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In Hong Kong, Snowden will fight return to U.S.

Combined News Services

WASHINGTON -- The National Security Agency contractor who revealed the U.S. government's top-secret monitoring of phone and Internet data says he intends to stay in Hong Kong and fight any effort to bring him back to the United States to face charges.

"I am neither traitor nor hero. I'm an American," Edward Snowden declared to the South China Morning Post about his disclosures of top-secret surveillance programs that have rocked Washington. His exact location wasn't disclosed.

"I am not here to hide from justice. I am here to reveal criminality," he told the English-language Hong Kong newspaper.

Snowden went on during the interview published Wednesday to assert the NSA had been hacking computers in Hong Kong and in mainland China since 2009, with targets including public officials, businesses and students in the city as well as the Chinese University of Hong Kong.

"We hack network backbones -- like huge Internet routers, basically -- that give us access to the communications of hundreds of thousands of computers without having to hack every single one," Snowden said. The NSA declined to comment on Snowden's assertions.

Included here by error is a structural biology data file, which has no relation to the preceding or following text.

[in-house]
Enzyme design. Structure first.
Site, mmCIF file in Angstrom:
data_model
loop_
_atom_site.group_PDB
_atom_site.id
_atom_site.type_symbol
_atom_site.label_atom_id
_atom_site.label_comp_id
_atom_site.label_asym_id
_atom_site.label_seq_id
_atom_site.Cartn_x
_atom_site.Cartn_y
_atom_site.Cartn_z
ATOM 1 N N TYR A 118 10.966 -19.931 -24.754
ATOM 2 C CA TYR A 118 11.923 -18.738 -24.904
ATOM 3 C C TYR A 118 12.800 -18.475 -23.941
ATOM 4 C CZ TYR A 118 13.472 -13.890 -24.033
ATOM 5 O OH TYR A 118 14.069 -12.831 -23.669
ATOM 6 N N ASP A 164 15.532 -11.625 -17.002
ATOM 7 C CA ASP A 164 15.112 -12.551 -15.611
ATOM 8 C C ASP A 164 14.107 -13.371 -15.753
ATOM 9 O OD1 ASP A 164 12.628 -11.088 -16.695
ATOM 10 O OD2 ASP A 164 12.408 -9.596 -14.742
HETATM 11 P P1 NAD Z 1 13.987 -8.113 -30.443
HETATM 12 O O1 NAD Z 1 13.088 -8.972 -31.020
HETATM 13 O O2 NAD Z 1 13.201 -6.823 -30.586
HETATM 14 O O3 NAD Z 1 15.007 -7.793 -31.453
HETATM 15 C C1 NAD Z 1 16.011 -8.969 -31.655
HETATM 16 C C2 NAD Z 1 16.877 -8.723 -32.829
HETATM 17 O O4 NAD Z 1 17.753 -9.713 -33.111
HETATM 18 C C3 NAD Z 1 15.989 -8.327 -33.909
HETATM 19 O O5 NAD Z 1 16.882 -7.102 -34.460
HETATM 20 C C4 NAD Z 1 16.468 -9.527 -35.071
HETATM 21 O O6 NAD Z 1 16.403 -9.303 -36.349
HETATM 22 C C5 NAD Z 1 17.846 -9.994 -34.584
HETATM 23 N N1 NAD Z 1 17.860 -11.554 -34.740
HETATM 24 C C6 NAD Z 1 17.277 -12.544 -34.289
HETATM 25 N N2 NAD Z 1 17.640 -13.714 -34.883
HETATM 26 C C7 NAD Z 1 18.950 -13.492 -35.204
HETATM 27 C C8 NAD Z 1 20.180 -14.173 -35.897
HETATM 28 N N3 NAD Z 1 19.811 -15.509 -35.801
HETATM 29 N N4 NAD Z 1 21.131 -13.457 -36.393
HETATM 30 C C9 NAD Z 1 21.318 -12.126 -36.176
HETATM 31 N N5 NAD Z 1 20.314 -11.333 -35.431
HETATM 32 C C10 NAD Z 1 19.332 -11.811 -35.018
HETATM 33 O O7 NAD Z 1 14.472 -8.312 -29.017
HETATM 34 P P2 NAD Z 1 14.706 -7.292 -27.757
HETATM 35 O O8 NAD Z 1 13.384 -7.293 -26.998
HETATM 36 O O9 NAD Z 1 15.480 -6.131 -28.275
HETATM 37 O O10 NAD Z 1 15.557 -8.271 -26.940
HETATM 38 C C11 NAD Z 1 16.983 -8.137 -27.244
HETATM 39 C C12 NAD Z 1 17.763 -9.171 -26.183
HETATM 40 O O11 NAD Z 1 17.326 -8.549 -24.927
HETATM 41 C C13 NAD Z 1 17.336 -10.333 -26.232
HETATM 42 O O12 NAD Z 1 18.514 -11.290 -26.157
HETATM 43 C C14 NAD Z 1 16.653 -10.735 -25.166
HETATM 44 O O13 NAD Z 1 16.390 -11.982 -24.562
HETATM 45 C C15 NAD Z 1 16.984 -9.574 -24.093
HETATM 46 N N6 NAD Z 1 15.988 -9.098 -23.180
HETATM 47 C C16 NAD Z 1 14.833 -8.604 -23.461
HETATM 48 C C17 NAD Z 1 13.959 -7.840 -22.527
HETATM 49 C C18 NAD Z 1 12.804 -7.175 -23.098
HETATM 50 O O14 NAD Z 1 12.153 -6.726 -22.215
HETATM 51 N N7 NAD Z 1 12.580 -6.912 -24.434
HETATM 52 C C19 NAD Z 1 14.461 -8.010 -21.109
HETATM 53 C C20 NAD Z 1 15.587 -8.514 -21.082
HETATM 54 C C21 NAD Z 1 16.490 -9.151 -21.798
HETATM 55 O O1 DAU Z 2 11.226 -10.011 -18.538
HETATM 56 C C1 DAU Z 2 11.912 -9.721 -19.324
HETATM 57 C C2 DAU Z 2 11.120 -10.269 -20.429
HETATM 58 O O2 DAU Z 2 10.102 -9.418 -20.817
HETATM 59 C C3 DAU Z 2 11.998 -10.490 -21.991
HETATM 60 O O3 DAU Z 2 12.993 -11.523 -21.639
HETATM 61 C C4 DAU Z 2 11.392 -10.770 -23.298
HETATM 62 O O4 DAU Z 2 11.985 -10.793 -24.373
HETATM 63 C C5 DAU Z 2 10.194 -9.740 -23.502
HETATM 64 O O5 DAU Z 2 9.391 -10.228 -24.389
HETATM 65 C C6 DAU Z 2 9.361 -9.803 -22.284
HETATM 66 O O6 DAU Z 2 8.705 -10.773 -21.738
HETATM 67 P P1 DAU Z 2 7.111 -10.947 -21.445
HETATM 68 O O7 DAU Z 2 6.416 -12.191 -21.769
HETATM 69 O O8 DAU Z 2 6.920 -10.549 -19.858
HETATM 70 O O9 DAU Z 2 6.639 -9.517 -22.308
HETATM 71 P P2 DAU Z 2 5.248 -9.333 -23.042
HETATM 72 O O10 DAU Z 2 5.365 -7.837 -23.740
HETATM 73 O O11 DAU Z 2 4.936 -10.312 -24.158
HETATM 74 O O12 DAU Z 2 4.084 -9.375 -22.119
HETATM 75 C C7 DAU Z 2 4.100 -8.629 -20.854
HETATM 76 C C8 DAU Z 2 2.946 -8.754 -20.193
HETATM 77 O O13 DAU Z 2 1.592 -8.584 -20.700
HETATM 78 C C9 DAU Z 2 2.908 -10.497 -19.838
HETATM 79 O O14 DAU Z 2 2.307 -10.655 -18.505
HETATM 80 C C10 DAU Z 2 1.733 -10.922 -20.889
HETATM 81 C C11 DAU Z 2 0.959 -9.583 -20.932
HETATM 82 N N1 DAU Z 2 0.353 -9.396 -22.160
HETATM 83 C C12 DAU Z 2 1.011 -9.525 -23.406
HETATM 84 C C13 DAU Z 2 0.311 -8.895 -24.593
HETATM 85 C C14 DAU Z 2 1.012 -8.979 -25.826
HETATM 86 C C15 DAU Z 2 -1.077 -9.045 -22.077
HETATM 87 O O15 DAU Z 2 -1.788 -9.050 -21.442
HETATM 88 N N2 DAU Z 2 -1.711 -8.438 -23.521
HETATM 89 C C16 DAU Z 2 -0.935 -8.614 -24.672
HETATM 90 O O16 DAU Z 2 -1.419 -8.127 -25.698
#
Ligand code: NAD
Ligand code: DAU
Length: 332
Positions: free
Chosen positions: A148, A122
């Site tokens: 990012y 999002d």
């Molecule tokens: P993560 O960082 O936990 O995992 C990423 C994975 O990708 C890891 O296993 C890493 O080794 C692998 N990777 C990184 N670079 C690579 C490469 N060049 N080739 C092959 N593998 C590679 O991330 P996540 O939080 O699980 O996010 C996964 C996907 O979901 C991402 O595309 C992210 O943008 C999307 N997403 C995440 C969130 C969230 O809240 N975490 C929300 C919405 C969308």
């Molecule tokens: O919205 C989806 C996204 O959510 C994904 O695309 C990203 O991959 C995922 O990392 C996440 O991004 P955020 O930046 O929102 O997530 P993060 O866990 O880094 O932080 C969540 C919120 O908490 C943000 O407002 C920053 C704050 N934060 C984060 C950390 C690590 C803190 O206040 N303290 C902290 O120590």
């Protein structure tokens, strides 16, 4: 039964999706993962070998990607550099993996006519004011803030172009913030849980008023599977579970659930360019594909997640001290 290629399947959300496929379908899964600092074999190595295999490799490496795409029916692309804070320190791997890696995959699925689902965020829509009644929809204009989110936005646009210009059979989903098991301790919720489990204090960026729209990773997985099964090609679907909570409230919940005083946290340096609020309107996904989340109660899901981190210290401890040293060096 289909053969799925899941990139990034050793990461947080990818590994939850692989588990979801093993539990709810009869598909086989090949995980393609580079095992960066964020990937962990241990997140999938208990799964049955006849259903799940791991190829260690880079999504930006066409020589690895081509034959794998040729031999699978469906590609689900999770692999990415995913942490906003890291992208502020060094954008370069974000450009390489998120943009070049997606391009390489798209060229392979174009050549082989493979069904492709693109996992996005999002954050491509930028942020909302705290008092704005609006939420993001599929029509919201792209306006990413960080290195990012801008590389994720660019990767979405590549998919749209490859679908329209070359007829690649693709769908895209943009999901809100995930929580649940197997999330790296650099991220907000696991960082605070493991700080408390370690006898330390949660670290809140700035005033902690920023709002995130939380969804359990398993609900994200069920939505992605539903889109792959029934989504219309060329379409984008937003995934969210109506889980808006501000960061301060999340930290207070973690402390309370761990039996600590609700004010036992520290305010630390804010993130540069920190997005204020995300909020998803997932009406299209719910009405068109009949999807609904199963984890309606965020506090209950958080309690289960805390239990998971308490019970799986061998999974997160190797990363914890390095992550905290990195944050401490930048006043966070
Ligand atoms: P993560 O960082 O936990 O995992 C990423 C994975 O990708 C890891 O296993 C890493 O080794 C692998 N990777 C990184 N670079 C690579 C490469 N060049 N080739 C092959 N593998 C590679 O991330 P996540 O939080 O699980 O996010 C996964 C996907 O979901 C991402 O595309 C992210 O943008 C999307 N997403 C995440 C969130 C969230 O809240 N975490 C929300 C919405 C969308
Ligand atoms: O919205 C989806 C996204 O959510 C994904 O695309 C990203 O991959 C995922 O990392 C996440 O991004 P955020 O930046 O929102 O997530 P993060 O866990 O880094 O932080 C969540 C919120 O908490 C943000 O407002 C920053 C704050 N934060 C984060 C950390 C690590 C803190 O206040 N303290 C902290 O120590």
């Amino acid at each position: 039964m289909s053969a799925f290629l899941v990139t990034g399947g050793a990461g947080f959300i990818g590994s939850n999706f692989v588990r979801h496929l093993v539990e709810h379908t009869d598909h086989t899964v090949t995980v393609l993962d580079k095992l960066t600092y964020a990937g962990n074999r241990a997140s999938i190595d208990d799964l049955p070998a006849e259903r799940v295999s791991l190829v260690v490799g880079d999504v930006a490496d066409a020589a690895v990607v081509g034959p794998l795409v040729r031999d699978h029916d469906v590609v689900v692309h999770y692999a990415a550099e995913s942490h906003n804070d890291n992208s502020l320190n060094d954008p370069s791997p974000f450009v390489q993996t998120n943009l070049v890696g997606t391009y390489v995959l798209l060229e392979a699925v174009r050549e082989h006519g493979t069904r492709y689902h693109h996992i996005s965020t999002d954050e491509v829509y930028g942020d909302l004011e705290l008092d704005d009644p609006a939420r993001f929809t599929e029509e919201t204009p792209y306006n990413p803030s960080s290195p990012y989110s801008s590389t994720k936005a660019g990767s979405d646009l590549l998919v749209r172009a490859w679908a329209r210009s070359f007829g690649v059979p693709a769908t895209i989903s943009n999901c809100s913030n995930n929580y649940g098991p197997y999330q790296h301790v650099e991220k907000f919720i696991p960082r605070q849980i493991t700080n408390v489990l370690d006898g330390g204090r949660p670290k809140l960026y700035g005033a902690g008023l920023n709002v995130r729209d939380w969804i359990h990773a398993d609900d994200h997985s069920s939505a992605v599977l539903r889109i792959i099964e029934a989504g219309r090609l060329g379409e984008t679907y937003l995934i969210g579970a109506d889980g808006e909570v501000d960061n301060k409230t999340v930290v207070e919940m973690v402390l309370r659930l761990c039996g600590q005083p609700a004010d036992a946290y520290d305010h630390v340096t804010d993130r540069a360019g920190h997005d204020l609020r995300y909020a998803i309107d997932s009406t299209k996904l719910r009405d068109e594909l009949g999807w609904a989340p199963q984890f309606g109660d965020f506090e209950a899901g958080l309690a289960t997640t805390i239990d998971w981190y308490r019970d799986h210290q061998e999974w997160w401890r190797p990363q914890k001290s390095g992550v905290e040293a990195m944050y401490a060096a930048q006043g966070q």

Snowden, 29, said that he hasn't dared contact his family or his girlfriend since coming forward as the leaker of NSA documents. "I am worried about the pressure they are feeling from the FBI," he said.

He resurfaced in the Chinese newspaper after having dropped out of sight since Sunday. Snowden said he has faith in "the courts and people of Hong Kong to decide my fate."

Snowden said he wanted to fight the U.S. government in Hong Kong's courts and would stay unless "asked to leave." Hong Kong is a Chinese autonomous region that maintains a Western-style legal system and freedom of speech.

U.S. law enforcement officials have said they are building a case against Snowden but have yet to bring charges. Hong Kong has an extradition treaty with the United States; there are exceptions in cases of political persecution or where there are concerns over cruel or humiliating treatment.

Snowden said he believed the United States is "now bullying the Hong Kong government to prevent me from continuing my work."

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